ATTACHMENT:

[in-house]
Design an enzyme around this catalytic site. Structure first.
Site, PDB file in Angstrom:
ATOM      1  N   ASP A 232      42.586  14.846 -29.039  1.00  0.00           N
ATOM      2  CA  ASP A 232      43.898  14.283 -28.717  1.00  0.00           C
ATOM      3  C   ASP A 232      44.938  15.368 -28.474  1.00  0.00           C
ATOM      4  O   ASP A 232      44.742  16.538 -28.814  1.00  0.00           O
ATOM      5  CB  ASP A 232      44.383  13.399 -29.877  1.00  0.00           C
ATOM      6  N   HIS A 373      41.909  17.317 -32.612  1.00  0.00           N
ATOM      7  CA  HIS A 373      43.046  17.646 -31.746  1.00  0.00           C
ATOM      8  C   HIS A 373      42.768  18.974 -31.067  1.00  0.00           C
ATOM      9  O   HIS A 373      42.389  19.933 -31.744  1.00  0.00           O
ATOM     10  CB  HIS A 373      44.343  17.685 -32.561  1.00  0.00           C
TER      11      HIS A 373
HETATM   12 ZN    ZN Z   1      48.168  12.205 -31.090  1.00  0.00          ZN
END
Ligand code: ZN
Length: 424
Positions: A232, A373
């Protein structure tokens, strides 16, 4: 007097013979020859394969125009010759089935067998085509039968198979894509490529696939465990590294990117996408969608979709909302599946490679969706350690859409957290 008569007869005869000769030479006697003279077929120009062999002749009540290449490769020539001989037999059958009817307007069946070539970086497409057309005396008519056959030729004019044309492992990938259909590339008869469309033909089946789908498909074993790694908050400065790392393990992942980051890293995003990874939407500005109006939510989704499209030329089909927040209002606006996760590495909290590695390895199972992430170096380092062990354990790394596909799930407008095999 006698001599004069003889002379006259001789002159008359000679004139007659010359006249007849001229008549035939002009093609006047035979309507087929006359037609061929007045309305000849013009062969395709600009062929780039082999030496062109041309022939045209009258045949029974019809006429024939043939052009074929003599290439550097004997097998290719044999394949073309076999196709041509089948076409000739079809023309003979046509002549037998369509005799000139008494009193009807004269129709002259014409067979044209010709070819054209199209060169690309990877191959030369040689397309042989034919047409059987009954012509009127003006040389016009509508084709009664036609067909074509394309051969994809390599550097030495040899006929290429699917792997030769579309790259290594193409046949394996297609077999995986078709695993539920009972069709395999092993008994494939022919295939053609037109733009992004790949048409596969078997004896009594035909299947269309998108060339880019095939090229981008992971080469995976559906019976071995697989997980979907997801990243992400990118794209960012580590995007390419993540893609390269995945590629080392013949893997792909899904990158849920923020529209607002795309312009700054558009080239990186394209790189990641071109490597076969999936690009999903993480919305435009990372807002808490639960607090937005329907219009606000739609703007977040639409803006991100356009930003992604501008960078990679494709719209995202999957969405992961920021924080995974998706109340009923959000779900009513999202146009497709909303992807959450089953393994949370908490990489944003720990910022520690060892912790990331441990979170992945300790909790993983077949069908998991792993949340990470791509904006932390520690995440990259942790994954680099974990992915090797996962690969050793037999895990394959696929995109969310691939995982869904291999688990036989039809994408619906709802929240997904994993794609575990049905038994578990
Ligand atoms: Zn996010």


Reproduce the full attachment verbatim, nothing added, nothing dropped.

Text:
[in-house]
Design an enzyme around this catalytic site. Structure first.
Site, PDB file in Angstrom:
ATOM      1  N   ASP A 232      42.586  14.846 -29.039  1.00  0.00           N
ATOM      2  CA  ASP A 232      43.898  14.283 -28.717  1.00  0.00           C
ATOM      3  C   ASP A 232      44.938  15.368 -28.474  1.00  0.00           C
ATOM      4  O   ASP A 232      44.742  16.538 -28.814  1.00  0.00           O
ATOM      5  CB  ASP A 232      44.383  13.399 -29.877  1.00  0.00           C
ATOM      6  N   HIS A 373      41.909  17.317 -32.612  1.00  0.00           N
ATOM      7  CA  HIS A 373      43.046  17.646 -31.746  1.00  0.00           C
ATOM      8  C   HIS A 373      42.768  18.974 -31.067  1.00  0.00           C
ATOM      9  O   HIS A 373      42.389  19.933 -31.744  1.00  0.00           O
ATOM     10  CB  HIS A 373      44.343  17.685 -32.561  1.00  0.00           C
TER      11      HIS A 373
HETATM   12 ZN    ZN Z   1      48.168  12.205 -31.090  1.00  0.00          ZN
END
Ligand code: ZN
Length: 424
Positions: A232, A373
């Protein structure tokens, strides 16, 4: 007097013979020859394969125009010759089935067998085509039968198979894509490529696939465990590294990117996408969608979709909302599946490679969706350690859409957290 008569007869005869000769030479006697003279077929120009062999002749009540290449490769020539001989037999059958009817307007069946070539970086497409057309005396008519056959030729004019044309492992990938259909590339008869469309033909089946789908498909074993790694908050400065790392393990992942980051890293995003990874939407500005109006939510989704499209030329089909927040209002606006996760590495909290590695390895199972992430170096380092062990354990790394596909799930407008095999 006698001599004069003889002379006259001789002159008359000679004139007659010359006249007849001229008549035939002009093609006047035979309507087929006359037609061929007045309305000849013009062969395709600009062929780039082999030496062109041309022939045209009258045949029974019809006429024939043939052009074929003599290439550097004997097998290719044999394949073309076999196709041509089948076409000739079809023309003979046509002549037998369509005799000139008494009193009807004269129709002259014409067979044209010709070819054209199209060169690309990877191959030369040689397309042989034919047409059987009954012509009127003006040389016009509508084709009664036609067909074509394309051969994809390599550097030495040899006929290429699917792997030769579309790259290594193409046949394996297609077999995986078709695993539920009972069709395999092993008994494939022919295939053609037109733009992004790949048409596969078997004896009594035909299947269309998108060339880019095939090229981008992971080469995976559906019976071995697989997980979907997801990243992400990118794209960012580590995007390419993540893609390269995945590629080392013949893997792909899904990158849920923020529209607002795309312009700054558009080239990186394209790189990641071109490597076969999936690009999903993480919305435009990372807002808490639960607090937005329907219009606000739609703007977040639409803006991100356009930003992604501008960078990679494709719209995202999957969405992961920021924080995974998706109340009923959000779900009513999202146009497709909303992807959450089953393994949370908490990489944003720990910022520690060892912790990331441990979170992945300790909790993983077949069908998991792993949340990470791509904006932390520690995440990259942790994954680099974990992915090797996962690969050793037999895990394959696929995109969310691939995982869904291999688990036989039809994408619906709802929240997904994993794609575990049905038994578990
Ligand atoms: Zn996010």